February 27, 2013 at 6:00 pm (Berkshire County, Hilltown Families, Suggested Activity)
Tags: Berkshire Bar Association, Berkshire County, Berkshire Law Library, Criminal Justice, criminology, Film, law, legal, Pittsfield, western massachusetts
Criminal Justice Review in Film
There’s a lot more to law than just Law and Order! The legal system is not all arrests and gavels – it’s a complicated system to navigate, and its intricacies can be fascinating. The Berkshire Bar Association (BBA)and the Friends of the Berkshire Athenaeum, along with the Berkshire Law Library, are offering a film series filled with popular films following a law theme. The four-part series is a mix of both documentary and fiction, both new and old!
Best for older high school and college students interested in criminal justice, the film series brings to light the reality of working in the legal system, whether as a lawyer, judge, or officer. Students can learn about a branch of government not often examined in-depth, and will be able to enjoy some great cinema at the same time! The films also help to promote the importance of understanding and engaging with government.
All films are free, and will take place at the Berkshire Athenaeum in Pittsfield. Each film comes a legal subject and will be introduced by a member of the BBA. Screenings will be on Tuesday evenings at 6pm, beginning on March 5th and include:
- The Last Campaign – Screened on Tuesday, March 5th: “The Last Campaign is a documentary feature film about the 2004 campaign for re-election of Justice Warren McGraw for the West Virginia Supreme Court, dubbed the “nastiest” judicial race in 2004, if not the most expensive.” (2005)
- Caine Mutiny – Screened on Tuesday, March 11th: “When a US Naval captain shows signs of mental instability that jeopardizes the ship, the first officer relieves him of command and faces court martial for mutiny.” (1954)
- The Overlooked Suspect – Screened on Tuesday, March 19th: “This documentary film highlights a detailed and on-going 15 year investigation by one of America’s leading private investigators – into the 1994 Nicole Brown Simpson/Ron Goldman murders that prompts the question, “What If O.J. Simpson Didn’t Do It ?” Will be introduced by Albert Harper, Esq., President of the Forensic Science Consortium in Pittsfield. (2012)
- Amistad - Tuesday, March 26th: “About a 1839 mutiny aboard a slave ship that is traveling towards the northeastern coast of America. Much of the story involves a court-room drama about the free man who led the revolt.” (1997. Rated R)
The Berkshire Athenaeum is located at 1 Wendell Avenue in Pittsfield, and can be reached at 413-499-9480.
January 9, 2013 at 9:00 am (Art, Berkshire County, Suggested Activity)
Tags: American Art, Art, Art Studies, Berkshire County, Criminal Justice, Cultural Studies, Massachusetts, outsider art, Prison Art, Prison Culture, Stockbridge Library, western massachusetts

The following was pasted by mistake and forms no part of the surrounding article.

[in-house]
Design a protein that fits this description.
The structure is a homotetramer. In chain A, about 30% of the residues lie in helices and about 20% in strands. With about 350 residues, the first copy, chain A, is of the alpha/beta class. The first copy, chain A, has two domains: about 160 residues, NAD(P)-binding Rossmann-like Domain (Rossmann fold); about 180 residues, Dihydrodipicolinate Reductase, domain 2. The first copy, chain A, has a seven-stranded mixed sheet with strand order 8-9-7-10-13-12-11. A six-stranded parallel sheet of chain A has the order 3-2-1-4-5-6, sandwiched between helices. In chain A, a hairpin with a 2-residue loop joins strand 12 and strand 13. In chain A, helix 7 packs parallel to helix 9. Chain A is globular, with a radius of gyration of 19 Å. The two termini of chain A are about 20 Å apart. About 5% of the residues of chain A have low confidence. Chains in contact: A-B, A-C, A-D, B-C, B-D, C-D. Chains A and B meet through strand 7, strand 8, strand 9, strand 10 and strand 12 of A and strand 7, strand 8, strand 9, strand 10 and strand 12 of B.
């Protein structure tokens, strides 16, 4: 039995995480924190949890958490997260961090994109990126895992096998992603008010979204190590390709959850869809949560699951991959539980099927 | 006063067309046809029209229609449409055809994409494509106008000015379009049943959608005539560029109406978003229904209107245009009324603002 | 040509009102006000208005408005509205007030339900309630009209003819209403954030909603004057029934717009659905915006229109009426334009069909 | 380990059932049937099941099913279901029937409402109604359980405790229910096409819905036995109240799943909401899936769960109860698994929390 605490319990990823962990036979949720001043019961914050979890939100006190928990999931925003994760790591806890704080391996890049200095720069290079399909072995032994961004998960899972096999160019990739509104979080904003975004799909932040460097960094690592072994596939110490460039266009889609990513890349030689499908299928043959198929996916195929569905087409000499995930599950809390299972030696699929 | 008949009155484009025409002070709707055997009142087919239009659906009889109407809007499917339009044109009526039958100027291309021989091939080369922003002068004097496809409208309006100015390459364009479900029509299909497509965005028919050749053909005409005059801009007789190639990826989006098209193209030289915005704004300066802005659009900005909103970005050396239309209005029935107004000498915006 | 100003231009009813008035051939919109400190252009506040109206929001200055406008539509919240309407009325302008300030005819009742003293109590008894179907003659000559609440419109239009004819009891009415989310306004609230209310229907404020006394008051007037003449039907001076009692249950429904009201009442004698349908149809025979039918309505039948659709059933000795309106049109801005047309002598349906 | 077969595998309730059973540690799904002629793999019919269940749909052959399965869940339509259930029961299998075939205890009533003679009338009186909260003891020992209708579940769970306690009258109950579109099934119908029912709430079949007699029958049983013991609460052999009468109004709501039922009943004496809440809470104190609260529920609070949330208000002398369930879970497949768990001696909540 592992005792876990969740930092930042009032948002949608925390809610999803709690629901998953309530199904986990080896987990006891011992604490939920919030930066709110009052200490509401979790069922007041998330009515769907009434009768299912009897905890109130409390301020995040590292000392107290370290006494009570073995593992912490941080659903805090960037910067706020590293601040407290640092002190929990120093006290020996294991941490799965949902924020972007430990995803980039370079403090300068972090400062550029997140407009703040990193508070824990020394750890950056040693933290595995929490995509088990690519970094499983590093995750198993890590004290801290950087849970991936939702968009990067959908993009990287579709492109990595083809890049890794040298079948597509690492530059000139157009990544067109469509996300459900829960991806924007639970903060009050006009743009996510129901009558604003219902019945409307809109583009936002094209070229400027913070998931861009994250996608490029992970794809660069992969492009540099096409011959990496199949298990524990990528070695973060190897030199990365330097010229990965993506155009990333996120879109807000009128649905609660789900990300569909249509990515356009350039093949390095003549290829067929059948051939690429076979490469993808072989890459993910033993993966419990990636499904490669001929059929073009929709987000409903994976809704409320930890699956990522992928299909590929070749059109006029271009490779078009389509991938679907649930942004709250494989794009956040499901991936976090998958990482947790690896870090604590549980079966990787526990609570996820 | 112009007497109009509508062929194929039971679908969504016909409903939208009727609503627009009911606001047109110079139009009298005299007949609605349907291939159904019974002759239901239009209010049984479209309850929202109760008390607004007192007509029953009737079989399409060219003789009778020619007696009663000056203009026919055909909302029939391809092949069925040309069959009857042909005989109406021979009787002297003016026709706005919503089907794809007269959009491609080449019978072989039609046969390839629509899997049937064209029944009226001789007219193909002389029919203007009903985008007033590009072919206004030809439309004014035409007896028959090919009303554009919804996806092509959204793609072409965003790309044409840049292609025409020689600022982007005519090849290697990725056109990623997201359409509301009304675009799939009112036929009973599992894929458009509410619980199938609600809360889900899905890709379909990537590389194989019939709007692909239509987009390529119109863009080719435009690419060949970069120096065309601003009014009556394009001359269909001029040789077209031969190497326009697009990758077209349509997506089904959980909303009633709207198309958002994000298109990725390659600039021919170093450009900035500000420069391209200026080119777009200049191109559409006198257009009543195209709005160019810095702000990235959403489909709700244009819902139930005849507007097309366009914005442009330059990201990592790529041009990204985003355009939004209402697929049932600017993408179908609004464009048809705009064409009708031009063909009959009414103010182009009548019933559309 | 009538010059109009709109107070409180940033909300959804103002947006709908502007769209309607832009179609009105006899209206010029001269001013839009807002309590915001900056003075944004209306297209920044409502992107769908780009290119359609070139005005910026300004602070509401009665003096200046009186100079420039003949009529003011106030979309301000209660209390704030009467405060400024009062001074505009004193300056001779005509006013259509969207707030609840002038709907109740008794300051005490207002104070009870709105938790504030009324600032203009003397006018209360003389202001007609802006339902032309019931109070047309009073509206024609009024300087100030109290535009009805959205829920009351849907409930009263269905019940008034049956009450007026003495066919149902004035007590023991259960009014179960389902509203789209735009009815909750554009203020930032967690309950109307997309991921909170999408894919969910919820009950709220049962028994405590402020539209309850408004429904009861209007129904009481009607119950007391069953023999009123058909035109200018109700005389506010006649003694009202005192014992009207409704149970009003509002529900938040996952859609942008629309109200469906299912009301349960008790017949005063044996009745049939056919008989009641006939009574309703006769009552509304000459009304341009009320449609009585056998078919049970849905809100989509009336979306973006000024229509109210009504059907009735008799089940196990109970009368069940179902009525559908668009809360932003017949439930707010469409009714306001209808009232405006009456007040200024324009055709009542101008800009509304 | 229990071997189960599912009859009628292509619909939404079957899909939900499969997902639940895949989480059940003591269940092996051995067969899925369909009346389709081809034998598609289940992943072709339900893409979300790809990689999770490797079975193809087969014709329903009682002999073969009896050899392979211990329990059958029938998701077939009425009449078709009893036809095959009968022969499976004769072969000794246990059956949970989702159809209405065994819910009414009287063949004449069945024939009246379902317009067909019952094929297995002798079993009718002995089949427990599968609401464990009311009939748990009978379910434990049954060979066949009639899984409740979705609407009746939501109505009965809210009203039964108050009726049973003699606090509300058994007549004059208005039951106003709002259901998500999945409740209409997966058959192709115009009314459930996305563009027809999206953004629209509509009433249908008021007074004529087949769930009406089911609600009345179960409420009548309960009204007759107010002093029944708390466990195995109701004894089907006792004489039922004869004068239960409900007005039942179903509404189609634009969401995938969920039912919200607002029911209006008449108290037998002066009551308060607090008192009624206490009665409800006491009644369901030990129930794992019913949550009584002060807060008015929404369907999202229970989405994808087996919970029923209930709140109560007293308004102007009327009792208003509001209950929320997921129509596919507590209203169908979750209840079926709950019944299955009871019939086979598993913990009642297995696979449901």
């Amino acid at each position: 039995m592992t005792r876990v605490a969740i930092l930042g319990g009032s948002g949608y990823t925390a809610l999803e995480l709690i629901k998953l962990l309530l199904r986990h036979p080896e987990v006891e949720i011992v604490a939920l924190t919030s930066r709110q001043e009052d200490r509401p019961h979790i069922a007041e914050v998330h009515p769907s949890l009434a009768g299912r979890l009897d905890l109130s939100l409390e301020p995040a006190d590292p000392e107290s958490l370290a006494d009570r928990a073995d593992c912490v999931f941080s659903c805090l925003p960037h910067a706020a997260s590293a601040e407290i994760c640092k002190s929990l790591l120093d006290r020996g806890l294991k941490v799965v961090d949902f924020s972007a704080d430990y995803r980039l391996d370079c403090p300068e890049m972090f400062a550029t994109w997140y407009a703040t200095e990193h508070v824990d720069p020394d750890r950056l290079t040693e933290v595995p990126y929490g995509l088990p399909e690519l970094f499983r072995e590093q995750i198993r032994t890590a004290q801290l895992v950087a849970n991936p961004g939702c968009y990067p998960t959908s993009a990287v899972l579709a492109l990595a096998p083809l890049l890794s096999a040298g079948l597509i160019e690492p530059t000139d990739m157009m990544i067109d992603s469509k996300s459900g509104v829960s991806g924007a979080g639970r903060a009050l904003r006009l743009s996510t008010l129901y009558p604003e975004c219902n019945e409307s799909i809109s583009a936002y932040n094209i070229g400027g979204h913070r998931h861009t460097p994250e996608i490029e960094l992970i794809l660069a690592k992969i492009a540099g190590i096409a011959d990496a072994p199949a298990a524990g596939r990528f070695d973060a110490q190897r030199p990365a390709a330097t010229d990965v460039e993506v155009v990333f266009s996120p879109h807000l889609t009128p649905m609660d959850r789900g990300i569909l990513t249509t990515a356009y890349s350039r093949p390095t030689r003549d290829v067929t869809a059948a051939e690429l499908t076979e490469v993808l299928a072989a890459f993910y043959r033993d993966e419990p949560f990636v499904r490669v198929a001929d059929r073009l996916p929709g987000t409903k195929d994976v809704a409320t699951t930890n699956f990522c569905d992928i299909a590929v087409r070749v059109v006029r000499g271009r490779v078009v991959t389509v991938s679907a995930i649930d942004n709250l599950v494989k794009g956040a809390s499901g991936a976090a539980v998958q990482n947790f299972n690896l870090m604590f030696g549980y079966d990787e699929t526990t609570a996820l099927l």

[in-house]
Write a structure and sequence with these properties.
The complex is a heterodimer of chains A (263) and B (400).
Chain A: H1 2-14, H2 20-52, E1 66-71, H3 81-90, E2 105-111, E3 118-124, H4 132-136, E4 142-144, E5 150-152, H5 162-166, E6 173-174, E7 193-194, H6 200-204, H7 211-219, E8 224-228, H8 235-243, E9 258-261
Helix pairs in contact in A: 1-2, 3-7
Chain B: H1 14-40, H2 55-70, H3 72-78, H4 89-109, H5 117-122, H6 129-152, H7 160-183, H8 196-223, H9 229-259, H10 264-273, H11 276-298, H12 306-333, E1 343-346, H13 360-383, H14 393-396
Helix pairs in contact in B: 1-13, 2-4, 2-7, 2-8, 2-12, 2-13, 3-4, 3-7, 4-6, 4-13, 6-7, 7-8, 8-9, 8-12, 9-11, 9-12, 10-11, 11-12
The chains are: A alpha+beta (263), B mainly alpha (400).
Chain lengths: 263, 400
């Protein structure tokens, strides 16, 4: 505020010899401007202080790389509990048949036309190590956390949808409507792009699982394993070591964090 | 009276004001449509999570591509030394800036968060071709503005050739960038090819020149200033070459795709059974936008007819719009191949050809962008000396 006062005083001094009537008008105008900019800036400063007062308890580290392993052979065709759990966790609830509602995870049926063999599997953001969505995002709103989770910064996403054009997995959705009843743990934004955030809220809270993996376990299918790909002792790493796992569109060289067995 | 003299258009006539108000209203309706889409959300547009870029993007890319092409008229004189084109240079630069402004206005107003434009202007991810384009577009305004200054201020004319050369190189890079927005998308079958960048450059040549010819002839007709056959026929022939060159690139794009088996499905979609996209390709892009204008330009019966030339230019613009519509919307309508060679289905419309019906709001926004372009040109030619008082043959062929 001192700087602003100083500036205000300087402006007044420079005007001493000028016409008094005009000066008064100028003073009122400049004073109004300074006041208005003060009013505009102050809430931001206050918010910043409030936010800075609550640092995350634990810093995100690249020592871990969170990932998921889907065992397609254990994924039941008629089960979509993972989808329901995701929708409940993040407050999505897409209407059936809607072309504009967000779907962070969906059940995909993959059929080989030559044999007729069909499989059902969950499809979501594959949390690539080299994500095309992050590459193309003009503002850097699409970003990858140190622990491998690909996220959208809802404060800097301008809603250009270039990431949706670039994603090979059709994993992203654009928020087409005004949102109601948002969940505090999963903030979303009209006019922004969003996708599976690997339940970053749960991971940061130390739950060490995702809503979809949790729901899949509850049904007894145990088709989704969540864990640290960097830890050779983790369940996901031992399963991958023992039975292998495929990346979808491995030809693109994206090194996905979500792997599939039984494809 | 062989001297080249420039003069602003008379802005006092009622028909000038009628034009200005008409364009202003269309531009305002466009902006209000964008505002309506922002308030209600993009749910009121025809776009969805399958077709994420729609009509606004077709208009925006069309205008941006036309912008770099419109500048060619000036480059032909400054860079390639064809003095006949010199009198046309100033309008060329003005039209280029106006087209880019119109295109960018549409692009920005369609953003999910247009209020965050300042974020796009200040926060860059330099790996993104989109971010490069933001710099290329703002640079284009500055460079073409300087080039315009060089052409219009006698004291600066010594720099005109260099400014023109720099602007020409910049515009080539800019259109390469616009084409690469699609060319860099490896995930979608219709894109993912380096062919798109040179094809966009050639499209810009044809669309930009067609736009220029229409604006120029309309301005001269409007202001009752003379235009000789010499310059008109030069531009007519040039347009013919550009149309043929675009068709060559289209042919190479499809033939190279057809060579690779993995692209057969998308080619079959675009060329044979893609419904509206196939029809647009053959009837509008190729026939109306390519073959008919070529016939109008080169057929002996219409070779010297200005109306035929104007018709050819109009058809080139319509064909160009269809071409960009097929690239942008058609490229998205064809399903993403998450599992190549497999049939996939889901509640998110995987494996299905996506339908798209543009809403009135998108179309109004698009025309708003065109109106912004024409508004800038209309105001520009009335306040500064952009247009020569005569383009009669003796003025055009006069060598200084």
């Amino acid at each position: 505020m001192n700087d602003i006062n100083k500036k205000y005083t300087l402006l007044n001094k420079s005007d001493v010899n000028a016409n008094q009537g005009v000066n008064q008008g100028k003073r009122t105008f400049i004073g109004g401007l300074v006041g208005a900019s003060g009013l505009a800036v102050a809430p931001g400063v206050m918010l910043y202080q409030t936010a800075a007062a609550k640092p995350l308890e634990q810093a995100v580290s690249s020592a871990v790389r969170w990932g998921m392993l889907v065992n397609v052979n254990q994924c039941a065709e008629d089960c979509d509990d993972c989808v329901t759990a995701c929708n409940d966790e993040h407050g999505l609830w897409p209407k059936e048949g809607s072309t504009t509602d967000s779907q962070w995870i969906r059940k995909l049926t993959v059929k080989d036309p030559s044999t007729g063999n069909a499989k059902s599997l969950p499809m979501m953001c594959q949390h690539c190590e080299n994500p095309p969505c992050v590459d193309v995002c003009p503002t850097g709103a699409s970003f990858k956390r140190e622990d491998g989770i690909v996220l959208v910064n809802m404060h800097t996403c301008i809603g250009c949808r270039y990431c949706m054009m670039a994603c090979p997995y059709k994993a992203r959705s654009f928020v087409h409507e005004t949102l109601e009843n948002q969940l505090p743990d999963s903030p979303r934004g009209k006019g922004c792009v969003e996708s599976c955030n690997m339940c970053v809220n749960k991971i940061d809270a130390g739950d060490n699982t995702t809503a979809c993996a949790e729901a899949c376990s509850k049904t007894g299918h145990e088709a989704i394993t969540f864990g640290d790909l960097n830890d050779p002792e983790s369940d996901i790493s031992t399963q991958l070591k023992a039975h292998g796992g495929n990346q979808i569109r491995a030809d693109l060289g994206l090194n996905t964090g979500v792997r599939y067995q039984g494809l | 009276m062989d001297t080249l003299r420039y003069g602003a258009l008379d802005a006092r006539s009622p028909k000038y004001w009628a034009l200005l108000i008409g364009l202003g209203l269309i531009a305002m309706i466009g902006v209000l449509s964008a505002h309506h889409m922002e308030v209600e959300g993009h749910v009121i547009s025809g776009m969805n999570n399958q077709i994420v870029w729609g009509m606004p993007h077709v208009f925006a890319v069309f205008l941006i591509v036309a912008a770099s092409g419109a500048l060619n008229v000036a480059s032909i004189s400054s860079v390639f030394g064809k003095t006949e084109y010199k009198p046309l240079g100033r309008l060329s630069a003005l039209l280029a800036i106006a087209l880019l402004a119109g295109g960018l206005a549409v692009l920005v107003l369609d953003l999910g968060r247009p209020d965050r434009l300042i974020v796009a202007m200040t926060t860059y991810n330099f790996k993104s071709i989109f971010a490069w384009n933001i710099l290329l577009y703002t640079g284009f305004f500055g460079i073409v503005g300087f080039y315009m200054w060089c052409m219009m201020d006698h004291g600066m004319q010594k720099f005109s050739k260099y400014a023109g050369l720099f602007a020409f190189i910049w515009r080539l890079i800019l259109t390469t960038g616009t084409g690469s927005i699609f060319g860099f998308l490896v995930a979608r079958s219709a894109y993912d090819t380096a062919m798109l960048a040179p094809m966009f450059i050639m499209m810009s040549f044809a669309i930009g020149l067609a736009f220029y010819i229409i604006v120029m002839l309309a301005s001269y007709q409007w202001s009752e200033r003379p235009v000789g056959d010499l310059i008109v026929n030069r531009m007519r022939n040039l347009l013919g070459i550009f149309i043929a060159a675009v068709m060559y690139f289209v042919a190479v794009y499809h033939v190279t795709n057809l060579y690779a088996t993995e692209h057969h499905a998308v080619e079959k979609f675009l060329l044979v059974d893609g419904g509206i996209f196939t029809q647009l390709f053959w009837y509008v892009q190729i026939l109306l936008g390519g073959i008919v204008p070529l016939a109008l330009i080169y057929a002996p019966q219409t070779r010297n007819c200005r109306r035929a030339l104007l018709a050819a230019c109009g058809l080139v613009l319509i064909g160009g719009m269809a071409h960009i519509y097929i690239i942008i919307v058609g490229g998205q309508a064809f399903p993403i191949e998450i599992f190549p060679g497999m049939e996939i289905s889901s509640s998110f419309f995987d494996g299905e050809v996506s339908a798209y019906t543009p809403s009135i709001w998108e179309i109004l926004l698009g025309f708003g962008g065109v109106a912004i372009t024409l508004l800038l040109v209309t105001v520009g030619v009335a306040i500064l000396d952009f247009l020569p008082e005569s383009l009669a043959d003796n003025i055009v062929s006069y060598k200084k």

Cellblock Visions: Prison Art in America
Art & Cultural Studies at the Stockbridge Library
Friday, January 25th
“For students of art and culture, psychology and philosophy, and human consciousness, the question emerges-how is it that this depth and beauty came from, or through, these particular folks-often times uneducated, unworldly, and untrained,” writes the Stockbridge Library. “Kornfeld points to a new direction… whereby incarcerated people are given the opportunity to reach out to people in need on the outside…” (Find about the Inside/Outside Envelope Project) – Join the Stockbridge Library for this free lecture on Friday, January 25th at 6pm
The Stockbridge Library is offering the community a unique opportunity to learn about a topic not often discussed – the artwork of prison inmates. Art teacher Phyllis Kornfeld, author of Cellblock Visions: Prison Art in America, will share a slideshow presentation of artwork created by inmates. This presentation will be paired with a discussion of their work, common types of art produced, and its place amongst mainstream American artwork.
Inmates’ work ranges from soap carvings inspired by traditional American folk art, to tattoo-style ink drawings. Their art challenges the stereotypes of inmates, serving as a window into the culture and mindset of prisoners, conveying the thoughts, questions, and emotions had by these outsider artists. Their artwork speaks of human qualities that are shared by all, regardless of circumstances.
This lecture will take place at the library on Friday, January 25th, 2013 at 6pm in Stockbridge, MA. Older students can attend the event to learn about prison culture, the universality of human artistic expression, art in America, and other topics related to art, psychology, and criminal justice. For more information, call the library at 413-298-5501. The Stockbridge Library is located at 46 Main Street in Stockbridge, MA.